Cited Article

Accommodating Vulnerabilities to Environmental Tobacco Smoke: A Prism for Understanding the ADA

Case Citation

Battle v. Mineta, 387 F. Supp. 2d 4 (D.C.D.C. 2006)

Background

The fact-specific holding “Former federal employee's claim under the Rehabilitation Act, 29 U.S.C.S. § 793, failed as a matter of law because the employee's claim that his anxiety disorder prevented him from working with a certain supervisors did not substantially limit the "major life activity" of work or otherwise qualify him as handicapped.”

Citing Quote

There is Circuit precedent for determining what is a "substantial" limit on a major life activity. In Haynes v. Williams, 364 U.S. App. D.C. 108, 392 F.3d 478 (D.C. Cir. 2004) , the Court of Appeals held, citing Toyota Motor Mfg., Kentucky, Inc. v. Williams, 534 U.S. 184, 198, 151 L. Ed. 2d 615, 122 S. Ct. 681 (2002) , that a skin irritation that was triggered by appellant's work environment at a single workplace was not permanent or long-term and therefore could not substantially limit a major life activity under the Americans with Disabilities Act. The logic of the statutory requirement that the limitation of a major life activity be "substantial" has been criticized. n5 n5 In Accommodating Vulnerabilities to Environmental Tobacco Smoke: A Prism for Understanding the ADA, 12 JOURNAL OF LAW AND HEALTH 1 (1998), the authors discuss this very problem, namely, that "individuals with asthma or other impairments who have only claimed that their impairment limits their ability to work in one particular workplace (and do not allege that they experience a substantial limitation of another major life activity, such as walking or breathing) are unlikely to be found to have a disability." Id. at 14. According to the authors, it is this kind of logic that allows employers to deny reasonable accommodations, for example, to employees who experience respiratory reactions to second-hand smoke.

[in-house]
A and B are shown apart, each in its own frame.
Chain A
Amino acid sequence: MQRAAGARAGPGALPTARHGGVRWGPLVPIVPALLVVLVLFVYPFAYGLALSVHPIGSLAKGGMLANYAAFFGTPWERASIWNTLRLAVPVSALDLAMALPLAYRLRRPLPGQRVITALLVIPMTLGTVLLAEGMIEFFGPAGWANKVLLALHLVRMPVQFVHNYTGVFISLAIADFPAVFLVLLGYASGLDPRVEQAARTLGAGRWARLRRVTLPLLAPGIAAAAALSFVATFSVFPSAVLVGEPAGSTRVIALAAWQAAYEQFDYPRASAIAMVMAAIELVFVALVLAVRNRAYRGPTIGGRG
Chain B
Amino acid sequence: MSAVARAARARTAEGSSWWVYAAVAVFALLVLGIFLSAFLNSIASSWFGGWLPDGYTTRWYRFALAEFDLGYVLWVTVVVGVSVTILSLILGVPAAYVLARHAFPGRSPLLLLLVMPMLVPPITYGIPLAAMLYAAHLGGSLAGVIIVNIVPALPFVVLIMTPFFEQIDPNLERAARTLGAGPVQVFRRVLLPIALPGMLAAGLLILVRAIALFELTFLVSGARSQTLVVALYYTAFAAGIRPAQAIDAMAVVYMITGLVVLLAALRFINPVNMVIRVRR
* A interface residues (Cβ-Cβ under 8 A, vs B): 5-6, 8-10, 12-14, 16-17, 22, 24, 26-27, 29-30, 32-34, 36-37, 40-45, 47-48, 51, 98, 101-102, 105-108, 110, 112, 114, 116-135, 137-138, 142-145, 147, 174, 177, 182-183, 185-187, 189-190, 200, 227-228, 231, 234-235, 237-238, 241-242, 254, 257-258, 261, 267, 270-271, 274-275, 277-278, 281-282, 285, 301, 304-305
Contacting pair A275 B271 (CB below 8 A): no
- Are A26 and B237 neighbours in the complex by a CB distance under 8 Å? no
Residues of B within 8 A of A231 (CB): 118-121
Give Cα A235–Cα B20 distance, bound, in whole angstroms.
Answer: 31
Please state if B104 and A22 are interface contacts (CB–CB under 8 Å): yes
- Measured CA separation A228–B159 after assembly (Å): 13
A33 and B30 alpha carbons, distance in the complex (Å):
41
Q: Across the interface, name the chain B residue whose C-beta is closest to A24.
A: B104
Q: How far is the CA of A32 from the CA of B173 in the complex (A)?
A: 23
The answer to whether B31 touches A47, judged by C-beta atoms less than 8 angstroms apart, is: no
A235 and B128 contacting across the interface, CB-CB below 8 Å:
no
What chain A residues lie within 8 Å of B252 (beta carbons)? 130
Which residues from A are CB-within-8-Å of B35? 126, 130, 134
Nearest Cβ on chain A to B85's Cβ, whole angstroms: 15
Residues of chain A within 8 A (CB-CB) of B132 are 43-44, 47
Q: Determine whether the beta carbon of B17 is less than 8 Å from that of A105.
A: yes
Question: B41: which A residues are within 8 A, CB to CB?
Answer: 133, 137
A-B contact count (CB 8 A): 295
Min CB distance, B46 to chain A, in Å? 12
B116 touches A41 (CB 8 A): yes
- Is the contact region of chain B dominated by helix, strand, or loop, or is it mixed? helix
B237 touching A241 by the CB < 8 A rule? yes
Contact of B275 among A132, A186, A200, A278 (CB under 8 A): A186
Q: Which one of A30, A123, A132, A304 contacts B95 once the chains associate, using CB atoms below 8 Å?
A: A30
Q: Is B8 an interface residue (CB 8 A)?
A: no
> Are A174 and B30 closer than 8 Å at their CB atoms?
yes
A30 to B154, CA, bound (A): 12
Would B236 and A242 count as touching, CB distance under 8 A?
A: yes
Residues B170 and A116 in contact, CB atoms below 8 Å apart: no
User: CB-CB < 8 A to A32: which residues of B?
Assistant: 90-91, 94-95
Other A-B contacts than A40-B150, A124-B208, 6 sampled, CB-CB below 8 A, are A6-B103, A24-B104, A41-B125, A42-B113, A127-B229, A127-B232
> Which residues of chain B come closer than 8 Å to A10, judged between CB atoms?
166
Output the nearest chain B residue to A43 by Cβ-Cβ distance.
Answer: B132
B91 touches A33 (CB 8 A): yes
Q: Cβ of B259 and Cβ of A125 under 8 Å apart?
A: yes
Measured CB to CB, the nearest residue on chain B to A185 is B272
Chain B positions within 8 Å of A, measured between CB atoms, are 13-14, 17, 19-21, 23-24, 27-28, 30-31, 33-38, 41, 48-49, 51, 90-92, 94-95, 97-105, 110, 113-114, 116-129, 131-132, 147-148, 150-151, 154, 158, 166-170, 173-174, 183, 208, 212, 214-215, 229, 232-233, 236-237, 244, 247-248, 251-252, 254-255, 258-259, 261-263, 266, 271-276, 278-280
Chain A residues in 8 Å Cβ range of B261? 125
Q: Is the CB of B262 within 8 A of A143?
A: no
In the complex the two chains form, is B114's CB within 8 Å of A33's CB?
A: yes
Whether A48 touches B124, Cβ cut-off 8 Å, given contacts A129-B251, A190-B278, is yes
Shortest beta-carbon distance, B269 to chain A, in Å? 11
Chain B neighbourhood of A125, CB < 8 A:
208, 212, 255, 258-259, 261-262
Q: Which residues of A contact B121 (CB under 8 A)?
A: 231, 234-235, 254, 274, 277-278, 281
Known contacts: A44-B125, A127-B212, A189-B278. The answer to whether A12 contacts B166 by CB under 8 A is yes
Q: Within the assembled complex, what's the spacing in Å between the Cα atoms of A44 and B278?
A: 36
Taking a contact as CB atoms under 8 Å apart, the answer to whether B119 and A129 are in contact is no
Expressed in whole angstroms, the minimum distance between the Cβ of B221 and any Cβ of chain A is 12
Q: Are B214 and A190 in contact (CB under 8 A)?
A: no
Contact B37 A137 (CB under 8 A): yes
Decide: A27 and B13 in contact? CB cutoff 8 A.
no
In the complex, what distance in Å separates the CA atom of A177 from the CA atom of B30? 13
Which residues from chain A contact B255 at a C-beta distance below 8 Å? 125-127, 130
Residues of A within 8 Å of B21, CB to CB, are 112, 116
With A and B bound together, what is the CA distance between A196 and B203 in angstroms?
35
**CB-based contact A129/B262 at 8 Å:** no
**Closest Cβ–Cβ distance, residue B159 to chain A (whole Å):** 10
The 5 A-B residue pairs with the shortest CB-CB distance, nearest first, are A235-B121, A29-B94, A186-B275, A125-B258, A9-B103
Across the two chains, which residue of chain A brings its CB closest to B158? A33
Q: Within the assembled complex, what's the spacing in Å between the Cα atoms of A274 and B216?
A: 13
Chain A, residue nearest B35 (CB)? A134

Article Publication Date

1997

Volume

12

Issue

1